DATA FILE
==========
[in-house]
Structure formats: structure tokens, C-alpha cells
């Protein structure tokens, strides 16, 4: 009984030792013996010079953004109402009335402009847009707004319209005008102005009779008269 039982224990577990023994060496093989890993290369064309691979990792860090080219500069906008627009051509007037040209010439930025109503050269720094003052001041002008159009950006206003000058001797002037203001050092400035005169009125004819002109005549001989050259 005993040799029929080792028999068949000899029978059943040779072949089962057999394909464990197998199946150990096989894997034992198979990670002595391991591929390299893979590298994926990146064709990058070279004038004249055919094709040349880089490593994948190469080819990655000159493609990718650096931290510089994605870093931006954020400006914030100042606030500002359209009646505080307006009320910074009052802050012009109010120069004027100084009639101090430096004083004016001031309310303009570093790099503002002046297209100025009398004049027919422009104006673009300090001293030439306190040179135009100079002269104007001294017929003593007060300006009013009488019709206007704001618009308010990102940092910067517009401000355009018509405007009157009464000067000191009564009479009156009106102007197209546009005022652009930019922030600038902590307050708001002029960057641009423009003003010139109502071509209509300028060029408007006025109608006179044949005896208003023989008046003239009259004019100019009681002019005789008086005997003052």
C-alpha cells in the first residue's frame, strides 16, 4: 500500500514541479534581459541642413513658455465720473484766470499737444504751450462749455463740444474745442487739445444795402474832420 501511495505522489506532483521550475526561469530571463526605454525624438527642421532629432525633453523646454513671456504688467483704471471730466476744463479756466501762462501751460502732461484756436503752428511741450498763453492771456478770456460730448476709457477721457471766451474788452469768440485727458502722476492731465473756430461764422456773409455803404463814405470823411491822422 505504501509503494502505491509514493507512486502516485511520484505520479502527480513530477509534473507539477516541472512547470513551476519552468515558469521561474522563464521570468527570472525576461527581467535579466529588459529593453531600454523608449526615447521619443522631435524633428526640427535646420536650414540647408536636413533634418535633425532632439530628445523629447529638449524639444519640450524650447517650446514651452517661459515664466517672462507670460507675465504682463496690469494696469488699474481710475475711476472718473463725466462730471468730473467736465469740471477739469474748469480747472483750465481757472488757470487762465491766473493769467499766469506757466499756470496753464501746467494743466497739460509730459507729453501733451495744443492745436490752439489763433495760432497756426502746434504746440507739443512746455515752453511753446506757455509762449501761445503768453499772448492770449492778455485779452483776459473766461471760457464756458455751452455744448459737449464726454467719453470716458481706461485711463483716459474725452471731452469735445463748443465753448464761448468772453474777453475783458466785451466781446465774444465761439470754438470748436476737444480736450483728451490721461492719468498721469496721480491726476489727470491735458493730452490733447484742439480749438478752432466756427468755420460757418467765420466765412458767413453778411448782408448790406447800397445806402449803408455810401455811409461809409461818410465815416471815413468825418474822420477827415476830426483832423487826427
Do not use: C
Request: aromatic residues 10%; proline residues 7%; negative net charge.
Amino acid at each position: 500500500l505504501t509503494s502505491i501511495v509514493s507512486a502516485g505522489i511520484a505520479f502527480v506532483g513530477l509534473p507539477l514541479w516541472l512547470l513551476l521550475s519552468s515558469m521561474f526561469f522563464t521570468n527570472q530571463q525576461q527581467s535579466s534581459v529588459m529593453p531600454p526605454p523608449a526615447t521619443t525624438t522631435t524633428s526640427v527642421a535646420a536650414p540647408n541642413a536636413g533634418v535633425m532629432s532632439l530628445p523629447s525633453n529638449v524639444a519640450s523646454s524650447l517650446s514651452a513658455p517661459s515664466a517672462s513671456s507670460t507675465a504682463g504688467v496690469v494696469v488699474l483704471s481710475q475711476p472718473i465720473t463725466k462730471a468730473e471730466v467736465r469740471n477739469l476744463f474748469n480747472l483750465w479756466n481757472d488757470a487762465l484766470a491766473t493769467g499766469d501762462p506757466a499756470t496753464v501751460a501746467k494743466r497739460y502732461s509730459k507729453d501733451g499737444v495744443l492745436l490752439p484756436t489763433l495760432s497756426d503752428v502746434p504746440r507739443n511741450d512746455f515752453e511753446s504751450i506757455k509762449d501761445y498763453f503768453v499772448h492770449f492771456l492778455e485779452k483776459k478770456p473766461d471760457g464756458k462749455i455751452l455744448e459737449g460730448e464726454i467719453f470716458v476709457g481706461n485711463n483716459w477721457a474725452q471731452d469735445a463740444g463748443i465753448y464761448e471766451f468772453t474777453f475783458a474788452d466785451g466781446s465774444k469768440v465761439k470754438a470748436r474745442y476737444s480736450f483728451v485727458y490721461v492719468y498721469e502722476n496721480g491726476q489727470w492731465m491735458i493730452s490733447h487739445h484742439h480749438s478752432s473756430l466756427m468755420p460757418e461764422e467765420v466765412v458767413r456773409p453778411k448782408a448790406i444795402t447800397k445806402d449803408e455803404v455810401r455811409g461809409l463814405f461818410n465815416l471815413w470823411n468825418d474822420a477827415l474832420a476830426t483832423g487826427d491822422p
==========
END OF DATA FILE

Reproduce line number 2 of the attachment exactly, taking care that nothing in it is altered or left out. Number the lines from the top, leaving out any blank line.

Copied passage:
Structure formats: structure tokens, C-alpha cells